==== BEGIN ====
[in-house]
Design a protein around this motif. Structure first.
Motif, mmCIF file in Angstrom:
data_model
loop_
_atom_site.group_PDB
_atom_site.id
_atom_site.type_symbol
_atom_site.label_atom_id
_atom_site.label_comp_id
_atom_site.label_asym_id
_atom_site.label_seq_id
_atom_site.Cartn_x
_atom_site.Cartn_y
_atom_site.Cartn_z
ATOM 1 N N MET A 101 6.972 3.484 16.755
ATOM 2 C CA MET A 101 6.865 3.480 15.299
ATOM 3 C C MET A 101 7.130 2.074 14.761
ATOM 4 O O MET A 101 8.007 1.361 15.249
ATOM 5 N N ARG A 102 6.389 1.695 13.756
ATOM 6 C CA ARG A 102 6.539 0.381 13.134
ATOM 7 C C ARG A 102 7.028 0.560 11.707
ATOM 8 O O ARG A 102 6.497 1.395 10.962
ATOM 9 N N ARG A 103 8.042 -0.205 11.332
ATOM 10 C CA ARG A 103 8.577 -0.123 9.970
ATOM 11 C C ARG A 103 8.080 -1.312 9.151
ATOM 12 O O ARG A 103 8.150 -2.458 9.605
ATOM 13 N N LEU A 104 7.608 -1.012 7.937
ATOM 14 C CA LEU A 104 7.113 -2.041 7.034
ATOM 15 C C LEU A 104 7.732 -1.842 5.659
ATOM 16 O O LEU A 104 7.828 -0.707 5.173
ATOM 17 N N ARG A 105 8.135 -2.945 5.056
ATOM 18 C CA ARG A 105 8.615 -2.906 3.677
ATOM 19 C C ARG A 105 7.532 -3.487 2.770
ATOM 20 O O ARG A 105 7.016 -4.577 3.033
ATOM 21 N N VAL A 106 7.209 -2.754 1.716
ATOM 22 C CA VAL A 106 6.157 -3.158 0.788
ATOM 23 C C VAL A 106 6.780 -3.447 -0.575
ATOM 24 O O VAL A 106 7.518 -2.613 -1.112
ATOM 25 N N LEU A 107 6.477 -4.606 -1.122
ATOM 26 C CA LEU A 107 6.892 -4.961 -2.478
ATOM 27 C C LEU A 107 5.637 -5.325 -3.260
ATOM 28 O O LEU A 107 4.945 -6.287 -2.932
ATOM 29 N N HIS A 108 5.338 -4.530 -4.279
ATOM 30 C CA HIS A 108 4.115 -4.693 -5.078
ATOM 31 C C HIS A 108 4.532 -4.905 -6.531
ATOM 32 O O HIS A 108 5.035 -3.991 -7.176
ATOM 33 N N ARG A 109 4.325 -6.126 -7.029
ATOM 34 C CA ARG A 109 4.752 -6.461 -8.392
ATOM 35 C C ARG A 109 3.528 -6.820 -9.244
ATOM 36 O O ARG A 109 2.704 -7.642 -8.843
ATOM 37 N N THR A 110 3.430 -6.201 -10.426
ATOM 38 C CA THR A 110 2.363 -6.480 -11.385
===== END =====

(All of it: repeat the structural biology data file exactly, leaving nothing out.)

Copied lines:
[in-house]
Design a protein around this motif. Structure first.
Motif, mmCIF file in Angstrom:
data_model
loop_
_atom_site.group_PDB
_atom_site.id
_atom_site.type_symbol
_atom_site.label_atom_id
_atom_site.label_comp_id
_atom_site.label_asym_id
_atom_site.label_seq_id
_atom_site.Cartn_x
_atom_site.Cartn_y
_atom_site.Cartn_z
ATOM 1 N N MET A 101 6.972 3.484 16.755
ATOM 2 C CA MET A 101 6.865 3.480 15.299
ATOM 3 C C MET A 101 7.130 2.074 14.761
ATOM 4 O O MET A 101 8.007 1.361 15.249
ATOM 5 N N ARG A 102 6.389 1.695 13.756
ATOM 6 C CA ARG A 102 6.539 0.381 13.134
ATOM 7 C C ARG A 102 7.028 0.560 11.707
ATOM 8 O O ARG A 102 6.497 1.395 10.962
ATOM 9 N N ARG A 103 8.042 -0.205 11.332
ATOM 10 C CA ARG A 103 8.577 -0.123 9.970
ATOM 11 C C ARG A 103 8.080 -1.312 9.151
ATOM 12 O O ARG A 103 8.150 -2.458 9.605
ATOM 13 N N LEU A 104 7.608 -1.012 7.937
ATOM 14 C CA LEU A 104 7.113 -2.041 7.034
ATOM 15 C C LEU A 104 7.732 -1.842 5.659
ATOM 16 O O LEU A 104 7.828 -0.707 5.173
ATOM 17 N N ARG A 105 8.135 -2.945 5.056
ATOM 18 C CA ARG A 105 8.615 -2.906 3.677
ATOM 19 C C ARG A 105 7.532 -3.487 2.770
ATOM 20 O O ARG A 105 7.016 -4.577 3.033
ATOM 21 N N VAL A 106 7.209 -2.754 1.716
ATOM 22 C CA VAL A 106 6.157 -3.158 0.788
ATOM 23 C C VAL A 106 6.780 -3.447 -0.575
ATOM 24 O O VAL A 106 7.518 -2.613 -1.112
ATOM 25 N N LEU A 107 6.477 -4.606 -1.122
ATOM 26 C CA LEU A 107 6.892 -4.961 -2.478
ATOM 27 C C LEU A 107 5.637 -5.325 -3.260
ATOM 28 O O LEU A 107 4.945 -6.287 -2.932
ATOM 29 N N HIS A 108 5.338 -4.530 -4.279
ATOM 30 C CA HIS A 108 4.115 -4.693 -5.078
ATOM 31 C C HIS A 108 4.532 -4.905 -6.531
ATOM 32 O O HIS A 108 5.035 -3.991 -7.176
ATOM 33 N N ARG A 109 4.325 -6.126 -7.029
ATOM 34 C CA ARG A 109 4.752 -6.461 -8.392
ATOM 35 C C ARG A 109 3.528 -6.820 -9.244
ATOM 36 O O ARG A 109 2.704 -7.642 -8.843
ATOM 37 N N THR A 110 3.430 -6.201 -10.426
ATOM 38 C CA THR A 110 2.363 -6.480 -11.385